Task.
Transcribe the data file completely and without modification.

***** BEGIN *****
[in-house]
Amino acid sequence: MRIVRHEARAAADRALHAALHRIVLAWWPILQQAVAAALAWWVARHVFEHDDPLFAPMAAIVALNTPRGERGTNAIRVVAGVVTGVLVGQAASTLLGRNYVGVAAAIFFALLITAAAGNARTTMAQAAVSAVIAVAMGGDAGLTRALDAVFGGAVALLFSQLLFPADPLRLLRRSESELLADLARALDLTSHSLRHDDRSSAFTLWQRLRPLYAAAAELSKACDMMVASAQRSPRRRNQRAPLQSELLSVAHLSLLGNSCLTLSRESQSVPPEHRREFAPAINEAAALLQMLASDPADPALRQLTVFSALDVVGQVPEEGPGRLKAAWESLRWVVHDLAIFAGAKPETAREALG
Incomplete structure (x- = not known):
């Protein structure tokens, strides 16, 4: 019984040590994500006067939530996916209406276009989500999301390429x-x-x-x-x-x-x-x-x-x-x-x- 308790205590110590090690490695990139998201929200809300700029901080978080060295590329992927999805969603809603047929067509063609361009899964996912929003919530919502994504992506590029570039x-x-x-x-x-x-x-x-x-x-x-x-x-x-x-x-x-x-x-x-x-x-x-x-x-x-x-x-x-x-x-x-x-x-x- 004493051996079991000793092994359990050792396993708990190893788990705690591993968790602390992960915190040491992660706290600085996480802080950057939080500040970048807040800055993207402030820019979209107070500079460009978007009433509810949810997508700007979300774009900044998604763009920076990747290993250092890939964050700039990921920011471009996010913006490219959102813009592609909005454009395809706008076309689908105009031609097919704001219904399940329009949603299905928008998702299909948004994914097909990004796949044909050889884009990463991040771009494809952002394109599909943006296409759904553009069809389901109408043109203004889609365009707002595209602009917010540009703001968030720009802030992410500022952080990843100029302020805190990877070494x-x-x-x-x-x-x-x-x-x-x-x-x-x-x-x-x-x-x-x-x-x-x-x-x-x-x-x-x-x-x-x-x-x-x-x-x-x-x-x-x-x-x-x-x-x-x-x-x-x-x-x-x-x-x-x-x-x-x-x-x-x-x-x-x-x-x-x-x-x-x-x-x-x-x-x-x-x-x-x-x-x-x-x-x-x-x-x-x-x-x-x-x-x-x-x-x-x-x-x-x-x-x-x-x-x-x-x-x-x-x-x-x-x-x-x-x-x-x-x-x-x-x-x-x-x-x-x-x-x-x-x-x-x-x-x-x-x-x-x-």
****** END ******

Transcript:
[in-house]
Amino acid sequence: MRIVRHEARAAADRALHAALHRIVLAWWPILQQAVAAALAWWVARHVFEHDDPLFAPMAAIVALNTPRGERGTNAIRVVAGVVTGVLVGQAASTLLGRNYVGVAAAIFFALLITAAAGNARTTMAQAAVSAVIAVAMGGDAGLTRALDAVFGGAVALLFSQLLFPADPLRLLRRSESELLADLARALDLTSHSLRHDDRSSAFTLWQRLRPLYAAAAELSKACDMMVASAQRSPRRRNQRAPLQSELLSVAHLSLLGNSCLTLSRESQSVPPEHRREFAPAINEAAALLQMLASDPADPALRQLTVFSALDVVGQVPEEGPGRLKAAWESLRWVVHDLAIFAGAKPETAREALG
Incomplete structure (x- = not known):
């Protein structure tokens, strides 16, 4: 019984040590994500006067939530996916209406276009989500999301390429x-x-x-x-x-x-x-x-x-x-x-x- 308790205590110590090690490695990139998201929200809300700029901080978080060295590329992927999805969603809603047929067509063609361009899964996912929003919530919502994504992506590029570039x-x-x-x-x-x-x-x-x-x-x-x-x-x-x-x-x-x-x-x-x-x-x-x-x-x-x-x-x-x-x-x-x-x-x- 004493051996079991000793092994359990050792396993708990190893788990705690591993968790602390992960915190040491992660706290600085996480802080950057939080500040970048807040800055993207402030820019979209107070500079460009978007009433509810949810997508700007979300774009900044998604763009920076990747290993250092890939964050700039990921920011471009996010913006490219959102813009592609909005454009395809706008076309689908105009031609097919704001219904399940329009949603299905928008998702299909948004994914097909990004796949044909050889884009990463991040771009494809952002394109599909943006296409759904553009069809389901109408043109203004889609365009707002595209602009917010540009703001968030720009802030992410500022952080990843100029302020805190990877070494x-x-x-x-x-x-x-x-x-x-x-x-x-x-x-x-x-x-x-x-x-x-x-x-x-x-x-x-x-x-x-x-x-x-x-x-x-x-x-x-x-x-x-x-x-x-x-x-x-x-x-x-x-x-x-x-x-x-x-x-x-x-x-x-x-x-x-x-x-x-x-x-x-x-x-x-x-x-x-x-x-x-x-x-x-x-x-x-x-x-x-x-x-x-x-x-x-x-x-x-x-x-x-x-x-x-x-x-x-x-x-x-x-x-x-x-x-x-x-x-x-x-x-x-x-x-x-x-x-x-x-x-x-x-x-x-x-x-x-x-």